I am lucky enough to live about a mile away from one of the 20 Imax screens that actually had the The Dark Knight Rises preview in front of Ghost Protocol (Des Moines, who knew?). So I thought I would start this review with a quick review of what I saw there.
Do you remember how the opening scene of The Dark Knight introduced us to the Joker by letting us join him in a bank robbery? Well what I witnessed was Bane’s similar introduction. Except in place of robbing a bank, Bane was robbing an airplane. In flight. On Imax. It was one hell of an introduction, I don’t even want to tell you what happened because it really needs to be seen first instead of explained first. My only complaint is the same as everyone else’s who has done a write up on this five minutes of film: what the hell did Bane say? I get that he has a mask on, but my guess is he is going to be in quite a bit of this movie and if your audience can only understand half of what your main antagonist says, you have a real issue. Hopefully this gets fixed.
On to Ghost Protocol. First things first, I have liked every single Mission Impossible up to this point. I love the impossible stunts, the beautiful women and the awesome gadgets. These are action films with big hairy balls and Tom Cruise is the Ethan Hunt that I have always known and loved. (The fact that he could make fun of that in Knight and Day just made me like the character even more.)
I was, however, extremely excited for Ghost Protocol because of the man behind the camera: Brad Bird. The director of one of the greatest superhero films of all time with The Incredibles. Plus, the man who made The Iron Giant created one fan for life the first time I saw that movie. Both of those films had characters that you cared about. Not only did you love to watch the amazing things they did, but you felt for them. Anytime you have real emotion for fictional characters, I am sold.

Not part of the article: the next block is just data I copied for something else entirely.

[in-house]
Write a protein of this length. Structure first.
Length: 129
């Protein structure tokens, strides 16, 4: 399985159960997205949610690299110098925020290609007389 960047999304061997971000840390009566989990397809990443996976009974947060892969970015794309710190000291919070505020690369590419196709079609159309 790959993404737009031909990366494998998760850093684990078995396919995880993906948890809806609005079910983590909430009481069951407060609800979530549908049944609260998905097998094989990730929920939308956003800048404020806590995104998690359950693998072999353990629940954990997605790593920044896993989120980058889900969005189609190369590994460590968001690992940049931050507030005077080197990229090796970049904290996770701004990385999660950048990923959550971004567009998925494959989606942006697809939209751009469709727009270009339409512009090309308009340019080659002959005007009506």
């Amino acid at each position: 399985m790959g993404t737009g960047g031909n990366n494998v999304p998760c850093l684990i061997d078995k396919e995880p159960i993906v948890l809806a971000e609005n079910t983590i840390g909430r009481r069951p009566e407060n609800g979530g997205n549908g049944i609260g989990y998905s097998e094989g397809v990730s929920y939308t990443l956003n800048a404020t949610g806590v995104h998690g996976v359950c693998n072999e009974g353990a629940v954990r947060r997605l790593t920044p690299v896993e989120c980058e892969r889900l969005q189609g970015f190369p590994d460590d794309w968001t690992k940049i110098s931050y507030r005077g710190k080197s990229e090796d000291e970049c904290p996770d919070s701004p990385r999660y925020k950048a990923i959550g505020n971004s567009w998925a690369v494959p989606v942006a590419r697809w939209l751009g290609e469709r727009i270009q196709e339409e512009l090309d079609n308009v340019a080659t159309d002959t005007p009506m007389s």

Brad did not let me down. Ghost Protocol has no fat. I am pretty sure that the timeline of this film happens in about three days. Ethan Hunt and his team are thrown an impossible mission and in many respects they fail and fail again. That failure brings them closer together and pushes them harder and harder. Each character is revealed with some exposition, but much more is revealed by what they do.
For example, Ethan Hunt starts the film in a Turkish prison. He is getting broken out and could simply walk out a door to freedom since his team is so good at what they do. Instead, he stops and thinks. Then he turns around and walks right into the prison riot that was started to distract everyone from his escape. The reason that he goes back in tells the audience more about his character than two hours of exposition could have.
His team gets to show instead of tell as well. Benji (Simon Pegg) got promoted to Field Operative and his humor and intelligence makes you grow to love him. (Plus, the jokes that come do not feel out of place and are consistently thrown in just at the right time.) Carter (Paula Patton) has her own reasons for being very interested in this mission. Both what she does and doesn’t do during the mission greatly add to our understanding of her character. Finally, Brandt (Jeremy Renner) has some secrets of his own that do come out through a little exposition. Much more is said in his face than in his words, though.
I have read other reviews where their only complaint was that the villain was not fleshed out very much. I think it made the mission more realistic (If realism were even possible in this world.). Think about it. If you had in some cases days or only hours to literally save the world, how much time would you spend studying the bad guy and how much time would you spend just going after him? You would barely know 90% of the people you stop. That is not your job. Your job is to stop them.
A final note on Imax. This movie is worth the ticket price. I would state that “filmed in Imax” is far superior to “filmed in 3D.” Brad Bird gives us amazing shots of every new locale we enter throughout Ghost Protocol. The action set pieces engulf you and yet you still understand everything that is going on in even a fight scene. There are many directors today who could take a lesson in this as so many seem to go the lazy and horribly annoying route of shaky cam. Seeing Mission Impossible: Ghost Protocol on Imax is worth the price of admission.
That last line gives you my recommendation right there. If you do not have an Imax screen near you, look for the theater with the largest screen available. You will not be sorry you did.
What did you think of Mission Impossible: Ghost Protocol? Let us know in the comments below.